Treeleaf is great! Thank you again Jundo for your talk.
    Gassho,

    Daisho


    (Jack K.)

  29. #29
    Quote Originally Posted by Risho View Post
    That was awesome! Thank you.

    When you say "ALL Zen masters (even the predators and abusers!) are as perfect as a Buddha", do you mean that from a perspective of emptiness or capacity? For example that those individuals have the capacity to be a Buddha even if their actions betray that Buddha nature? I always get hung up on that perspective.

    Gassho,

    Risho
    I would guess that Jundo is mostly speaking about the perspective of emptiness, but there is no real difference. Tricky thing, this "what is buddha nature?" question!

    If we think we have resolved it once and for all, we can be certain that we are stuck!

    In my view, everone has the ability to be a buddha, to actualize, realize buddha (make buddha real in our lives), even predators and abusers. There are no predetermined sinners or saints. Originally all are buddha.

    And in my view of buddha nature (which is just a view), you can't betray buddha nature, because nothing is separate from it. Greed, hate and delusion is buddha nature too...

    Gassho,
    Pontus
    Last edited by Omoi Otoshi; 08-31-2012 at 06:53 AM.
    In a spring outside time, flowers bloom on a withered tree;
    you ride a jade elephant backwards, chasing the winged dragon-deer;
    now as you hide far beyond innumerable peaks--
    the white moon, a cool breeze, the dawn of a fortunate day

  30. #30
    Senior Member Ekai's Avatar
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    Thank you for this great teaching.

    Gassho,
    EKai

  31. #31
    Senior Member galen's Avatar
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    Jundo,

    In the continuous discussion of breath and the direction of non emphasis of such, in past threads, for me, I was sharing a non-sitting, awake in the `world method to help me stay in-body, with what I was or was not doing (or what Hahn called awake meditation). Only as a technic till no technic is needed and it becomes more natural to stay present. I get the emphasis of the teachings here (or am getting) of emphasizing Shikantaza, but it seems one can not just be there at once, as anything, it takes time to be in touch with That goaless goal. I can only speak for my small self here, but depending on depth of sleep and/or, the awake focus of my day in the `world, there can be huge amounts of mental chatter of the ego games (monkey mind), and I am sure I am not alone here (and a good chance it is also true for you and Taigu). So what is better, to emphasize or not to emphasize any`thing, and if not careful, cannot this also become an attachment? As a long term goaless goal of just letting breath be, as it may, what does that do for the sometimes insanity of the mindless mind here and now? Long term, in the usage of Shikantaza direction, concept, I can see and even feel its brilliant influence moving to the Bigger mind. But what about today, what about nowness? Should one not use a pacifier (how is that young one?) to attempt to quiet the sometimes insanity of the chattering fool who sometimes is more of an Ass then a monkey.......... what then? It seems emphasis on a certain, not so certain `way, if good and well intentions, words and concepts do not always bring immediate peace, and attempts at grounding in the present. And it also could be said, getting hung up on not following awake breath could become a clinging attachment.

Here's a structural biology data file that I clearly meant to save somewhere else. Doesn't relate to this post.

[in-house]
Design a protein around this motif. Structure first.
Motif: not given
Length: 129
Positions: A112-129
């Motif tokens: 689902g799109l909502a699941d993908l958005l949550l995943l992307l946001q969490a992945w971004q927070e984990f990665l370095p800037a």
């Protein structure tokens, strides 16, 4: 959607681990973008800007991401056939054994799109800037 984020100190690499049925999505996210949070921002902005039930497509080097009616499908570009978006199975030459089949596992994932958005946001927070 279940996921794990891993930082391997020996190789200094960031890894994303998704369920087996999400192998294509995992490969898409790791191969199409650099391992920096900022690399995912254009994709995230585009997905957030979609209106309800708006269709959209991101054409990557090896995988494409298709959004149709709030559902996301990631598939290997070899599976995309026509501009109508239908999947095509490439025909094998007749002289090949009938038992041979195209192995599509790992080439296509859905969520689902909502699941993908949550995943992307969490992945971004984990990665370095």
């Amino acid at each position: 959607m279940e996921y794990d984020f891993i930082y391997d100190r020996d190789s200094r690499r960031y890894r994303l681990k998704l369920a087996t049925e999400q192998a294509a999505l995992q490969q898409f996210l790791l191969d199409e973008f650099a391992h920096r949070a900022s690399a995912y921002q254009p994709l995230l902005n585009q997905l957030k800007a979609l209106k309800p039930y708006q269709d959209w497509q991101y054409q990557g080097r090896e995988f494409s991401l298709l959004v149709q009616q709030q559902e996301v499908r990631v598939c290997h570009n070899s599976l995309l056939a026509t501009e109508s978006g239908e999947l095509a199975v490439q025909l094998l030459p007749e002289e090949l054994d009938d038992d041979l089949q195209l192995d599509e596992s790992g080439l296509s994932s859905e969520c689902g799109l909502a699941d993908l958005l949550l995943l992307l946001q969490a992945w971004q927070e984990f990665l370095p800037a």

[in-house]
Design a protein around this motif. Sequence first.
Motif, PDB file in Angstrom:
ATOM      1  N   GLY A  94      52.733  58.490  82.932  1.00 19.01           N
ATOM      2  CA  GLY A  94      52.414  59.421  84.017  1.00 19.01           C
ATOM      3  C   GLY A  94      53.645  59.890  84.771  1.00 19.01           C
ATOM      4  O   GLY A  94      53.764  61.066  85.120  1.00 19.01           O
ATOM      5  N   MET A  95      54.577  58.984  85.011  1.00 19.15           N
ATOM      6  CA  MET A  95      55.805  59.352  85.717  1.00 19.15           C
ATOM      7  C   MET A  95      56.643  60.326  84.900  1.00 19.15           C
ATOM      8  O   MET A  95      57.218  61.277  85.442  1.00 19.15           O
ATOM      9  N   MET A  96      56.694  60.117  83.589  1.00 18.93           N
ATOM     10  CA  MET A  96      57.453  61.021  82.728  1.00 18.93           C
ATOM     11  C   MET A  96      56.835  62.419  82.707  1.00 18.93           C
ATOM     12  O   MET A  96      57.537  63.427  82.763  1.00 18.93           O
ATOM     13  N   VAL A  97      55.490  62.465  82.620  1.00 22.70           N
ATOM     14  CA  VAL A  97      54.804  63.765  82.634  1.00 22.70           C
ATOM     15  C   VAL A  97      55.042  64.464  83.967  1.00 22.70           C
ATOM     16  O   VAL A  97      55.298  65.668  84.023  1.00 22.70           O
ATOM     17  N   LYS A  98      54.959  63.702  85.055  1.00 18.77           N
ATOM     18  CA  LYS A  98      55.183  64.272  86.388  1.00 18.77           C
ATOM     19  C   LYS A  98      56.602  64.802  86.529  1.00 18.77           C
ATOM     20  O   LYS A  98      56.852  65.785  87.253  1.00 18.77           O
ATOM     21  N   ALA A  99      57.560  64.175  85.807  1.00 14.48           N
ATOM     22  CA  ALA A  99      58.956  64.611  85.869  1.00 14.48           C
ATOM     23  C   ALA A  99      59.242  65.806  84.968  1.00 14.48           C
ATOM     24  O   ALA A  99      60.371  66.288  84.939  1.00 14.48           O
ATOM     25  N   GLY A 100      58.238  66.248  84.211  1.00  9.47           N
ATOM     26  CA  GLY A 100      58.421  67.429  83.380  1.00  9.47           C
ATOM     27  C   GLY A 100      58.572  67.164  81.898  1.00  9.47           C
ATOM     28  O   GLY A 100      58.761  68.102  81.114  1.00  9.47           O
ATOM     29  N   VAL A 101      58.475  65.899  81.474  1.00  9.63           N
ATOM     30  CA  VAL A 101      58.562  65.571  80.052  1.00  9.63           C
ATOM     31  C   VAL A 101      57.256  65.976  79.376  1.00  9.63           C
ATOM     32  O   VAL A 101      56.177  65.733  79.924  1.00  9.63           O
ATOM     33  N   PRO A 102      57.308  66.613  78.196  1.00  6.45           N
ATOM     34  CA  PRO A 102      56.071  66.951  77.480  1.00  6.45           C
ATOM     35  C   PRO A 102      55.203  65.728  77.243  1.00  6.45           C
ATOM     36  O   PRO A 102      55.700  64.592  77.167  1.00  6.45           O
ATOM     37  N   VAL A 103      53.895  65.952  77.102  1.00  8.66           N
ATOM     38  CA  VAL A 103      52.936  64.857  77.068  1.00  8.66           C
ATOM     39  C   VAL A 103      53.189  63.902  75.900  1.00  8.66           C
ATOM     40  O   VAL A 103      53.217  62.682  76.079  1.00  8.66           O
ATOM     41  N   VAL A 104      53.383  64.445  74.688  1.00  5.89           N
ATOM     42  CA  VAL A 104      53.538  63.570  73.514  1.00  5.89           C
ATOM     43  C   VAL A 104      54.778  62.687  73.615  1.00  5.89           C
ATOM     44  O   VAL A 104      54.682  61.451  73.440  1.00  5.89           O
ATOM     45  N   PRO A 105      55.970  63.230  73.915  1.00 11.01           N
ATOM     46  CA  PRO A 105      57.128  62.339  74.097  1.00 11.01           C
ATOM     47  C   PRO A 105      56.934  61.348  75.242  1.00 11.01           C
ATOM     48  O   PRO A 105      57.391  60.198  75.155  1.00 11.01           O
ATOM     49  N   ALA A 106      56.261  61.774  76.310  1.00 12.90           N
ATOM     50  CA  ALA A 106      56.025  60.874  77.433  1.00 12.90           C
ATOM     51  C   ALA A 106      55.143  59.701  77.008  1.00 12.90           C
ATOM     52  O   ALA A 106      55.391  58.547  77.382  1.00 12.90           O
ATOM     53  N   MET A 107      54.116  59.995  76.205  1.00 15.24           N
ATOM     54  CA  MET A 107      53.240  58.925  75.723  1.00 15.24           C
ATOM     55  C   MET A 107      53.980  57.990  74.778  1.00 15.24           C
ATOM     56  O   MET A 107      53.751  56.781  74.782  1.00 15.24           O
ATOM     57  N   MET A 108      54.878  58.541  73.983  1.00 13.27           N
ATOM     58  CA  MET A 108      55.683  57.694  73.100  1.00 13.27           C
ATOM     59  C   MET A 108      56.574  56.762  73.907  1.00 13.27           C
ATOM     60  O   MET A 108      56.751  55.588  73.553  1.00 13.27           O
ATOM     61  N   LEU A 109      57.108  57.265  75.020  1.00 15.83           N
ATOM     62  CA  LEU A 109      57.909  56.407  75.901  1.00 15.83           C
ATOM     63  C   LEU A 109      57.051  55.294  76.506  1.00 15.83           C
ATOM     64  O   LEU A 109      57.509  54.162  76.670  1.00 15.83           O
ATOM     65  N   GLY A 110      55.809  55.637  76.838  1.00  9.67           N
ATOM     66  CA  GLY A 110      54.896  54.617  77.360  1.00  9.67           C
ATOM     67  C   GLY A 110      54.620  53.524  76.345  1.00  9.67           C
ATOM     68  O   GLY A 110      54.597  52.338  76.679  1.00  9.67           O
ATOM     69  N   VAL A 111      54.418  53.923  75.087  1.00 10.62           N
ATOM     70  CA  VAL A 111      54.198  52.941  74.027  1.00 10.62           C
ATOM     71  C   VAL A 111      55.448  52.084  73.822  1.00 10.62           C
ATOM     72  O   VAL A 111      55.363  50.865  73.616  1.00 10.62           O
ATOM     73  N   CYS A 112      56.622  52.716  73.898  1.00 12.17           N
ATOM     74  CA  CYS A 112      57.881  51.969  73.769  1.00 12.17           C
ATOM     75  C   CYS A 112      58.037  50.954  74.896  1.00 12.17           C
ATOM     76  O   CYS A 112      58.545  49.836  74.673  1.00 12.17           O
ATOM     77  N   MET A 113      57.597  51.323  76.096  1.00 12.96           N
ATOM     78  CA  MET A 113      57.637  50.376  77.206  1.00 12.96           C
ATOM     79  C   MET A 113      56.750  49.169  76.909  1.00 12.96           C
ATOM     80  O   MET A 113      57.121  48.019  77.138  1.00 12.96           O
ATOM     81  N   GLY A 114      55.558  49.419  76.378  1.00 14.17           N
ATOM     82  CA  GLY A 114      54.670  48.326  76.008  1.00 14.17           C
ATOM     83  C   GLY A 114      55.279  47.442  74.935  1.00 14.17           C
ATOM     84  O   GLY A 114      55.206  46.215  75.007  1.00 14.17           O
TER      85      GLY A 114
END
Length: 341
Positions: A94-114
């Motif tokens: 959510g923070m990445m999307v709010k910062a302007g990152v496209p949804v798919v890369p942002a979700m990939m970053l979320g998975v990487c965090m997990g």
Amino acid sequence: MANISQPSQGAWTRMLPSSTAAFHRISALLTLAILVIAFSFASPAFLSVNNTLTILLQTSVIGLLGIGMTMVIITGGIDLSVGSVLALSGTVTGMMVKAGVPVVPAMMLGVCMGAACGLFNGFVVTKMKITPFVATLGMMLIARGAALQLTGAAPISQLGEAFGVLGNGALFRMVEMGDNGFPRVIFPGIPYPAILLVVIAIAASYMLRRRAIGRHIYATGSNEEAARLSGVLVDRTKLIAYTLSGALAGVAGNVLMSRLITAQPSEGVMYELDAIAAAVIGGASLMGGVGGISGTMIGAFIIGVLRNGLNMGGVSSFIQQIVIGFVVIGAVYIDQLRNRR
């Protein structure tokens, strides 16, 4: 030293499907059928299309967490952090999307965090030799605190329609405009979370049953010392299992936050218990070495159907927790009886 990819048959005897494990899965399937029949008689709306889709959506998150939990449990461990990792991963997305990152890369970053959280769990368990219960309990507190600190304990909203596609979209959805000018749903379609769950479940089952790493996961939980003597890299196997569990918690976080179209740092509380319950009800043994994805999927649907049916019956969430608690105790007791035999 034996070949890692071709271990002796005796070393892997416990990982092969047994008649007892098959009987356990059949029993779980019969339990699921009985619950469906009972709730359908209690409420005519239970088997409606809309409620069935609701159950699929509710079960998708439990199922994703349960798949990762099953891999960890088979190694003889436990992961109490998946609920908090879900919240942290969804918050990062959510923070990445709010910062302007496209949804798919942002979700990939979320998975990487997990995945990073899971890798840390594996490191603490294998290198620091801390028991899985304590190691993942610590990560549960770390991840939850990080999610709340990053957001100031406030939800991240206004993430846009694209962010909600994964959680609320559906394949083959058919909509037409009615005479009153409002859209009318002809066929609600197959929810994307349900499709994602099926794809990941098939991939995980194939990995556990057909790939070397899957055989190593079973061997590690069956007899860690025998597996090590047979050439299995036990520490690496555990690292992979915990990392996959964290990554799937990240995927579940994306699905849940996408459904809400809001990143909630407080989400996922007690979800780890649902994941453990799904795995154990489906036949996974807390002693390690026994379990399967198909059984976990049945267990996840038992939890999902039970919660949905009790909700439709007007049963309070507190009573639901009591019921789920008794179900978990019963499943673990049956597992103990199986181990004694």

_/\_

    galen
    Nothing Special

  32. #32
    Quote Originally Posted by galen View Post
    Jundo,

    In the continuous discussion of breath and the direction of non emphasis of such, in past threads, for me, I was sharing a non-sitting, awake in the `world method to help me stay in-body, with what I was or was not doing (or what Hahn called awake meditation). Only as a technic till no technic is needed and it becomes more natural to stay present. I get the emphasis of the teachings here (or am getting) of emphasizing Shikantaza, but it seems one can not just be there at once, as anything, it takes time to be in touch with That goaless goal. I can only speak for my small self here, but depending on depth of sleep and/or, the awake focus of my day in the `world, there can be huge amounts of mental chatter of the ego games (monkey mind), and I am sure I am not alone here (and a good chance it is also true for you and Taigu). So what is better, to emphasize or not to emphasize any`thing, and if not careful, cannot this also become an attachment? As a long term goaless goal of just letting breath be, as it may, what does that do for the sometimes insanity of the mindless mind here and now? Long term, in the usage of Shikantaza direction, concept, I can see and even feel its brilliant influence moving to the Bigger mind. But what about today, what about nowness? Should one not use a pacifier (how is that young one?) to attempt to quiet the sometimes insanity of the chattering fool who sometimes is more of an Ass then a monkey.......... what then? It seems emphasis on a certain, not so certain `way, if good and well intentions, words and concepts do not always bring immediate peace, and attempts at grounding in the present. And it also could be said, getting hung up on not following awake breath could become a clinging attachment.